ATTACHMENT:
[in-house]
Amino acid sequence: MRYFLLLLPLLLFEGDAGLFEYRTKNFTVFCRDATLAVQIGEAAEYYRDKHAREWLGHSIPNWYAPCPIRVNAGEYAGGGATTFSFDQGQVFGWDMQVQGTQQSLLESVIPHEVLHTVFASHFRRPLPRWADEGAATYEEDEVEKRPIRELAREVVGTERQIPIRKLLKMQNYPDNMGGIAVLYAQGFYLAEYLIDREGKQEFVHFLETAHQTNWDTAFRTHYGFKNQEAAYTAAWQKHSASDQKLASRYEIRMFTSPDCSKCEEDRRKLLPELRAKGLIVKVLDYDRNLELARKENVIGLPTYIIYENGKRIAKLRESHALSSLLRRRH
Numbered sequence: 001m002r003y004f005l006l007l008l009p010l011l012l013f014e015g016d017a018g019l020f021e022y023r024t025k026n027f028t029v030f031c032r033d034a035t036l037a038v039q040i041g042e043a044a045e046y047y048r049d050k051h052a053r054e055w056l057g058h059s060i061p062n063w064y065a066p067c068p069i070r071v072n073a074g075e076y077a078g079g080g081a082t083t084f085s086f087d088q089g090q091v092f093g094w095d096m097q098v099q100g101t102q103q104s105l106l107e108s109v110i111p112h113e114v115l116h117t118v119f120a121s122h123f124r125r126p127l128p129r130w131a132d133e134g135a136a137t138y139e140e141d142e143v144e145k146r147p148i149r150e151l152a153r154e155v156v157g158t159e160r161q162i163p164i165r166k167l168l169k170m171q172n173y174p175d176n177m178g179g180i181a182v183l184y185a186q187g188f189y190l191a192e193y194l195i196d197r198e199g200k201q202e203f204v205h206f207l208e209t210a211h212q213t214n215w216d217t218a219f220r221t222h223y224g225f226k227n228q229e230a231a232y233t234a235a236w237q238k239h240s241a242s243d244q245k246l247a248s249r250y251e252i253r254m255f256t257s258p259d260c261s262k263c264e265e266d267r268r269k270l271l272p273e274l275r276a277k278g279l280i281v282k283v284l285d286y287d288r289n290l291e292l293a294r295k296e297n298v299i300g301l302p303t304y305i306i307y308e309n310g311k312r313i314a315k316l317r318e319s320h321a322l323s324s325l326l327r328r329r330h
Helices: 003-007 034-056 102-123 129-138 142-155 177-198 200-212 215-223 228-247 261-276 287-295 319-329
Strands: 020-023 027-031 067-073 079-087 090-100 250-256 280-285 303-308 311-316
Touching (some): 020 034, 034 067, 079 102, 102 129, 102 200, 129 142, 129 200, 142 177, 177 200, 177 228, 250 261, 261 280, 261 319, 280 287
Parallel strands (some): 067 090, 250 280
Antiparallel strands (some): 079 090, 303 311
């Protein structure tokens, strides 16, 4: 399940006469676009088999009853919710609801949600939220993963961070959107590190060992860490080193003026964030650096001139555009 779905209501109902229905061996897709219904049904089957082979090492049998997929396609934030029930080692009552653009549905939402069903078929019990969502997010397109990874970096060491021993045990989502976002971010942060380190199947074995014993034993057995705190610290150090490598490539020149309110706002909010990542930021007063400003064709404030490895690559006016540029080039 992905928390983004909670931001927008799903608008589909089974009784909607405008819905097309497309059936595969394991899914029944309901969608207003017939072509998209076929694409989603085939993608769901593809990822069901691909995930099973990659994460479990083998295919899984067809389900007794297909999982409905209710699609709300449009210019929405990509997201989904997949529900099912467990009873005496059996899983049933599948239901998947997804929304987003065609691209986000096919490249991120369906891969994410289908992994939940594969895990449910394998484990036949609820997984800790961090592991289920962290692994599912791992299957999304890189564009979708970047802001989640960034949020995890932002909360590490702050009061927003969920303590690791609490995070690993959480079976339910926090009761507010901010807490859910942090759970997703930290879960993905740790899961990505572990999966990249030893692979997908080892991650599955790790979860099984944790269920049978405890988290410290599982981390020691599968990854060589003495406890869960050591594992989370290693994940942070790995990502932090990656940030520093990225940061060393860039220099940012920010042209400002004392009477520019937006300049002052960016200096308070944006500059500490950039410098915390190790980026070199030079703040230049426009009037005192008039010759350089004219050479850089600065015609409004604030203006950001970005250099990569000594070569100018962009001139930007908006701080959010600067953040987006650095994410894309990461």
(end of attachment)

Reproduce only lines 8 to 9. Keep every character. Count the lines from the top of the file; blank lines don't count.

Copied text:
Antiparallel strands (some): 079 090, 303 311
């Protein structure tokens, strides 16, 4: 399940006469676009088999009853919710609801949600939220993963961070959107590190060992860490080193003026964030650096001139555009 779905209501109902229905061996897709219904049904089957082979090492049998997929396609934030029930080692009552653009549905939402069903078929019990969502997010397109990874970096060491021993045990989502976002971010942060380190199947074995014993034993057995705190610290150090490598490539020149309110706002909010990542930021007063400003064709404030490895690559006016540029080039 992905928390983004909670931001927008799903608008589909089974009784909607405008819905097309497309059936595969394991899914029944309901969608207003017939072509998209076929694409989603085939993608769901593809990822069901691909995930099973990659994460479990083998295919899984067809389900007794297909999982409905209710699609709300449009210019929405990509997201989904997949529900099912467990009873005496059996899983049933599948239901998947997804929304987003065609691209986000096919490249991120369906891969994410289908992994939940594969895990449910394998484990036949609820997984800790961090592991289920962290692994599912791992299957999304890189564009979708970047802001989640960034949020995890932002909360590490702050009061927003969920303590690791609490995070690993959480079976339910926090009761507010901010807490859910942090759970997703930290879960993905740790899961990505572990999966990249030893692979997908080892991650599955790790979860099984944790269920049978405890988290410290599982981390020691599968990854060589003495406890869960050591594992989370290693994940942070790995990502932090990656940030520093990225940061060393860039220099940012920010042209400002004392009477520019937006300049002052960016200096308070944006500059500490950039410098915390190790980026070199030079703040230049426009009037005192008039010759350089004219050479850089600065015609409004604030203006950001970005250099990569000594070569100018962009001139930007908006701080959010600067953040987006650095994410894309990461």